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Safety Guide for Children at Home Alone

When you have determined your child is old enough and the circumstances are safe enough, you may begin to leave your child home alone for brief periods. Be certain your child knows how to keep themselves safe.

At what age should you consider leaving a child home alone? In the United States, some states have laws or recommendations, but on average the accepted age is twelve. Some states may make allowances for children as young as nine for latchkey children who will only be home alone a short time after school until a parent returns from work. Parents need to make this decision about when to leave a child home alone based on their own unique circumstances such as the maturity of their child, the safety of their neighborhood, the nearness of helpful neighbors or relatives, etc.
There are some basic rules that your child has to know when he or she is at home alone. For example, your child should know how to lock and unlock all of the doors and windows for safety. Any appliances that your child needs to use should be safely plugged in, and you need to make sure that your child knows how to operate these appliances. If they are not allowed to use certain appliances, make sure that these are unplugged or out of reach, or that you are certain your child is mature enough to follow your rule.
Remember to go over the basic rules with your child every so often to remind him or her. Make sure that your child understands to never let strangers into the house, and that he or she does not answer calls from unknown callers. Tell your child to tell you about any fears that they might have about being home alone so that you can address these fears. 
Your child should know how to do basic first aid in case he or she gets minor injuries. For example, if your child gets a shallow cut, he or she should know how to clean the wound and bandage it up. If in case your child gets into a more serious accident, he or she should know how to call 911. Make sure that your child knows all of the important numbers in case of an emergency like your work number and people he or she can contact.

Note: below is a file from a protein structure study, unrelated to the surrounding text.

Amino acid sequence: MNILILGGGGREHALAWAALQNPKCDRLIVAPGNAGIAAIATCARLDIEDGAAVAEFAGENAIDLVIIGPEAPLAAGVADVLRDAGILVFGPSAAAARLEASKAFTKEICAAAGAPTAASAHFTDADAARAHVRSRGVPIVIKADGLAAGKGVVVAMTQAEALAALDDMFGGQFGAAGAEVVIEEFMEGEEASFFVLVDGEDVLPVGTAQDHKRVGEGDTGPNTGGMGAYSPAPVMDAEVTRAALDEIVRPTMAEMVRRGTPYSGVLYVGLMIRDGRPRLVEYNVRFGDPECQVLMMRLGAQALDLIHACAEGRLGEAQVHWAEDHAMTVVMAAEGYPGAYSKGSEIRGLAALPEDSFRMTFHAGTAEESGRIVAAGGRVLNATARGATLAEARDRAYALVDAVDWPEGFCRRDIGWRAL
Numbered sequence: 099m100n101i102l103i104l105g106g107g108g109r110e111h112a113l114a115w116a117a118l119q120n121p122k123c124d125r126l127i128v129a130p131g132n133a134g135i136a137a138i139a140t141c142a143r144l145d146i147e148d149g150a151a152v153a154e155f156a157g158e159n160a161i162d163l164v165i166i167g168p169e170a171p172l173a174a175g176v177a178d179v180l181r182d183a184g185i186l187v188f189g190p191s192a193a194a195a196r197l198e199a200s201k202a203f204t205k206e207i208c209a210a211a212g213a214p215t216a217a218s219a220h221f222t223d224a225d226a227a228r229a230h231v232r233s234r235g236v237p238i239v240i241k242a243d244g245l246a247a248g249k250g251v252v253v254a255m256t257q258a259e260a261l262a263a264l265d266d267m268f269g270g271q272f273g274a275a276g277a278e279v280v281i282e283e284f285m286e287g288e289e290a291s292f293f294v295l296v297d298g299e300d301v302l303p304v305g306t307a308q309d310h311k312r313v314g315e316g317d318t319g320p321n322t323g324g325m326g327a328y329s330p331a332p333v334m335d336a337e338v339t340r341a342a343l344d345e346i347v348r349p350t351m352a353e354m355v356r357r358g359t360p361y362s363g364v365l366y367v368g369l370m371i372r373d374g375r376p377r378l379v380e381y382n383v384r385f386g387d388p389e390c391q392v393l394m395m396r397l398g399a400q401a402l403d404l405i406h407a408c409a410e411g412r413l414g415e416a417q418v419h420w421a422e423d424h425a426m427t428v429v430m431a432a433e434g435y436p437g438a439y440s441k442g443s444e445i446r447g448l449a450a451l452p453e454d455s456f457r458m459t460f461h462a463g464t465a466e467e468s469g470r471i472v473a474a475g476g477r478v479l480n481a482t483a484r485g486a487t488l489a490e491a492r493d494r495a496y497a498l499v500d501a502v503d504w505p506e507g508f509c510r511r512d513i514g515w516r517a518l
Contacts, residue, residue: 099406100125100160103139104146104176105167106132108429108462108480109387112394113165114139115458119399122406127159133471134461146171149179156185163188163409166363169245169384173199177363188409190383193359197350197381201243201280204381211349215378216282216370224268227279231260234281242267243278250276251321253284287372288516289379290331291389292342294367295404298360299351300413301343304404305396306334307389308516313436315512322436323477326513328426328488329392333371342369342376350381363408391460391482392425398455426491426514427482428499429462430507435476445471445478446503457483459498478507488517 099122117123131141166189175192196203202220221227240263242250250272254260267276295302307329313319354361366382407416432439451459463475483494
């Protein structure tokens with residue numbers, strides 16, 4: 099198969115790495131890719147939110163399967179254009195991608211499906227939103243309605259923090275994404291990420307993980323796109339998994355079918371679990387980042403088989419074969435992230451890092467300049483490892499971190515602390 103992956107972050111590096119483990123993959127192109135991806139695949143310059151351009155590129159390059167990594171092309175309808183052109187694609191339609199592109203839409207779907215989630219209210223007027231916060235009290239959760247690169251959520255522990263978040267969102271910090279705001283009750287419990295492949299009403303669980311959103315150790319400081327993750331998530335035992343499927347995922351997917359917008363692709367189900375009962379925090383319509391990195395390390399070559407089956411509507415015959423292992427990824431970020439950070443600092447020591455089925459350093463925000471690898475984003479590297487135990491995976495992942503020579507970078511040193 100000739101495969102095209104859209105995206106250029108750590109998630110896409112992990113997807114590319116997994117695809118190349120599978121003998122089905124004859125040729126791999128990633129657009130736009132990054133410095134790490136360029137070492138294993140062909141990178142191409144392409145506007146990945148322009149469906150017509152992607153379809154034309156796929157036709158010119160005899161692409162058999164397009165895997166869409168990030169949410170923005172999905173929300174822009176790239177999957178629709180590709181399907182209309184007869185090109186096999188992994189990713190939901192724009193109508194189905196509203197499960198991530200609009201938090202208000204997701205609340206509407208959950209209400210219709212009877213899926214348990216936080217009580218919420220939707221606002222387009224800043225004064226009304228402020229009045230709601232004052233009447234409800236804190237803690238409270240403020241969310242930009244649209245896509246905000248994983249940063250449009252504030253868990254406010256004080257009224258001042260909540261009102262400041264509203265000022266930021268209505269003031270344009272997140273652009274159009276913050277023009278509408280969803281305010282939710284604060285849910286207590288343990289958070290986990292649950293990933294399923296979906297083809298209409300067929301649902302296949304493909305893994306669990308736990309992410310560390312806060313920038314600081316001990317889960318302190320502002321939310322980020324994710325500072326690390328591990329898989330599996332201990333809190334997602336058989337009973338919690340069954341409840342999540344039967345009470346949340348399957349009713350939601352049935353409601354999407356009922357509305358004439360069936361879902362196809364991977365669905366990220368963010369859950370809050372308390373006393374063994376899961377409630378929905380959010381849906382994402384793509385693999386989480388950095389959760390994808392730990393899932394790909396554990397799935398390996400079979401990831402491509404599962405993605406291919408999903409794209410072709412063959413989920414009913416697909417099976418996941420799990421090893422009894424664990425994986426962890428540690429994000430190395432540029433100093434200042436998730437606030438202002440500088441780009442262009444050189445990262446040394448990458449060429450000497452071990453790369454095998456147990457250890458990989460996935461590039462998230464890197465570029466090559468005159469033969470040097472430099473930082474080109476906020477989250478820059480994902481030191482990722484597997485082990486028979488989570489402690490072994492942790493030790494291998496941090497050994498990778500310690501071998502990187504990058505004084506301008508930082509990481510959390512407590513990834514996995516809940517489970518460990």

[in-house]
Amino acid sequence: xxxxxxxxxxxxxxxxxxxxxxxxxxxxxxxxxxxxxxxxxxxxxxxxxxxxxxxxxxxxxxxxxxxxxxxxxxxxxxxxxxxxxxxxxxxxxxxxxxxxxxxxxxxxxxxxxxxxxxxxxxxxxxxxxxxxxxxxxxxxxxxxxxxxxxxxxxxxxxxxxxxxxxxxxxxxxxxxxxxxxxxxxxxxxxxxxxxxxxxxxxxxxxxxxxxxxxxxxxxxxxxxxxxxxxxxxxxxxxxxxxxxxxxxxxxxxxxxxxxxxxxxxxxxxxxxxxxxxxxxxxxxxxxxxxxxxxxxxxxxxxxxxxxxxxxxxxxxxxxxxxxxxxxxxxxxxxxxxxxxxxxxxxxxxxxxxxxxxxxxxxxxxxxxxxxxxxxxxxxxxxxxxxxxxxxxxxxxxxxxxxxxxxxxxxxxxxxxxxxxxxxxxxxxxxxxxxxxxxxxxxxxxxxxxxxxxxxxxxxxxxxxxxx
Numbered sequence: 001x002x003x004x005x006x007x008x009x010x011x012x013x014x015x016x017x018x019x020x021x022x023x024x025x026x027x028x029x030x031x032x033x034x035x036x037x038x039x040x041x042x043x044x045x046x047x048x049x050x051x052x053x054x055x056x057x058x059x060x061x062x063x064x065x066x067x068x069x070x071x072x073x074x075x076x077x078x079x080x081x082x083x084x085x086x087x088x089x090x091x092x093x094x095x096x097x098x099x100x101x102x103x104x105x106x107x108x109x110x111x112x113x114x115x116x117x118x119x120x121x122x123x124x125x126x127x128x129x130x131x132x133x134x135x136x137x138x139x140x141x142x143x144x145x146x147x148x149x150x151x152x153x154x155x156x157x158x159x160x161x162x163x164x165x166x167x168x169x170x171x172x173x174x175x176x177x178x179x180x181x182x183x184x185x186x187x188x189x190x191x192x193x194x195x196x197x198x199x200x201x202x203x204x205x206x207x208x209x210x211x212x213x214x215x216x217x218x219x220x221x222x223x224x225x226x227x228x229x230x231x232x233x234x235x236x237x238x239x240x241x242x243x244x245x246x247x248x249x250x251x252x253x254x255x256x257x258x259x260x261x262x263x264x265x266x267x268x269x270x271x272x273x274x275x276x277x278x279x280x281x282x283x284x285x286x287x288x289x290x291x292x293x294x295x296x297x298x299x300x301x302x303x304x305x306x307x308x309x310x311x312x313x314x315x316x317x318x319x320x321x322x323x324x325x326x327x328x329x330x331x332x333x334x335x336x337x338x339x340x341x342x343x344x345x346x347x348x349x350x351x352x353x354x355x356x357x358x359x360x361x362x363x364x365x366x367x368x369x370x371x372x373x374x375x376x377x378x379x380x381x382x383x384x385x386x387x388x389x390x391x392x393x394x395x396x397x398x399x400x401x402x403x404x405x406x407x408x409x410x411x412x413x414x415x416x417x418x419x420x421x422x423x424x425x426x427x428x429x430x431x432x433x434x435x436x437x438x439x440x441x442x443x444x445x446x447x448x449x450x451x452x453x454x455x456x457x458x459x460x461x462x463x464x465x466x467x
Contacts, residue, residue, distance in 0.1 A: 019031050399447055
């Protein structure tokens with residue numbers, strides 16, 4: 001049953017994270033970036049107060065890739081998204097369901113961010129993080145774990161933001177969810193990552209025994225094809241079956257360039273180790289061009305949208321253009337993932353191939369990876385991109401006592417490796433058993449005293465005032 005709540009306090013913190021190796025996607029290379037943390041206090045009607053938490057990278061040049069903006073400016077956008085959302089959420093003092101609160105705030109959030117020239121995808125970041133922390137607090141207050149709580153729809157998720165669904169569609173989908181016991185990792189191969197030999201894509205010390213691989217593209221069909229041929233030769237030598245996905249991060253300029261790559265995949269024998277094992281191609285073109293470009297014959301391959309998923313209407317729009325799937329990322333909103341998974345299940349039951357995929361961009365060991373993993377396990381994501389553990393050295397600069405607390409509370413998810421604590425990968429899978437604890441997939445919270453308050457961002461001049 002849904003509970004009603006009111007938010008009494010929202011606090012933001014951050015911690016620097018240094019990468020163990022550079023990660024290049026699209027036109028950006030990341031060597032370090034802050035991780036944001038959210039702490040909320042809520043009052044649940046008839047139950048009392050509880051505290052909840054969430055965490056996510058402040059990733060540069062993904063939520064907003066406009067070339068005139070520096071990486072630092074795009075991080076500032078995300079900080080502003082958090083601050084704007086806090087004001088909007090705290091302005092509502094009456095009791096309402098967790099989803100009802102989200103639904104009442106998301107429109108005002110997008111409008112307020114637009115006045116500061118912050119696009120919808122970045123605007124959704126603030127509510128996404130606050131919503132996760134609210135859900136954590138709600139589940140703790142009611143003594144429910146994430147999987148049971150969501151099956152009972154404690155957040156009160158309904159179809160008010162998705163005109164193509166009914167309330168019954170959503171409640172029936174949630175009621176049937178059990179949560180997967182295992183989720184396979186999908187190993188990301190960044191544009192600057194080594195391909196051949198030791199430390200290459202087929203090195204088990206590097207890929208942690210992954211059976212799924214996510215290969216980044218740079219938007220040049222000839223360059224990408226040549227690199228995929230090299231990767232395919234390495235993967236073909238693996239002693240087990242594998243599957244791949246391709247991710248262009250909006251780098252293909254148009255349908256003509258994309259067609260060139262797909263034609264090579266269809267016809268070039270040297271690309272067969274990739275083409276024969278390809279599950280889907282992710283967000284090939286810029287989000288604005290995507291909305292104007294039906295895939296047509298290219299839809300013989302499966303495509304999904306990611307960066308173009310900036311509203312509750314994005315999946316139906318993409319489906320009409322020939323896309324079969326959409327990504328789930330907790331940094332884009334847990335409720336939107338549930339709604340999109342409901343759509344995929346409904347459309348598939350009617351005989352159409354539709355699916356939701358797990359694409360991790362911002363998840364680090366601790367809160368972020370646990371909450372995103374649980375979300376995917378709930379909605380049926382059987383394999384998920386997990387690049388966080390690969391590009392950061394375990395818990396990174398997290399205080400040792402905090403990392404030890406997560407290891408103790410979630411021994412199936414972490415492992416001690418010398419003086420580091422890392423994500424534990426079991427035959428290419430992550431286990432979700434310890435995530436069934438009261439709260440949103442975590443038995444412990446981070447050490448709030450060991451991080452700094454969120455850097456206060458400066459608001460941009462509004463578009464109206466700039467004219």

Also, set up an emergency kit in an easily accessible part of the house in case of a storm or a black out. The kit should include a flashlight and some batteries. Tell your child where to stay in case of a black out or a storm, like in the basement or in the living room. Teach your child about how to be safe during emergencies like fires and earthquakes. These are rare occurrences, but it is necessary for your child to be prepared for any situation. To lessen the chance of fires, make sure that your child does not use the stove unless he or she is old enough. 
If you have neighbors that you can trust, then give them a set of keys so that if your child accidentally gets locked out, he or she can go to the neighbors. Your child should keep his or her key hidden somewhere safe on their person preferably, and not make it broadly known to all their friends that they carry their house key. It is best if they not have their friends over because a friend may influence a child to break rules they normally would not.
If you follow these steps, your child will be a lot safer in your home when you're not around. Remember that your child's safety is of the utmost importanceFree Reprint Articles, and do not forget to check up on your child by telephone or other means until you return.

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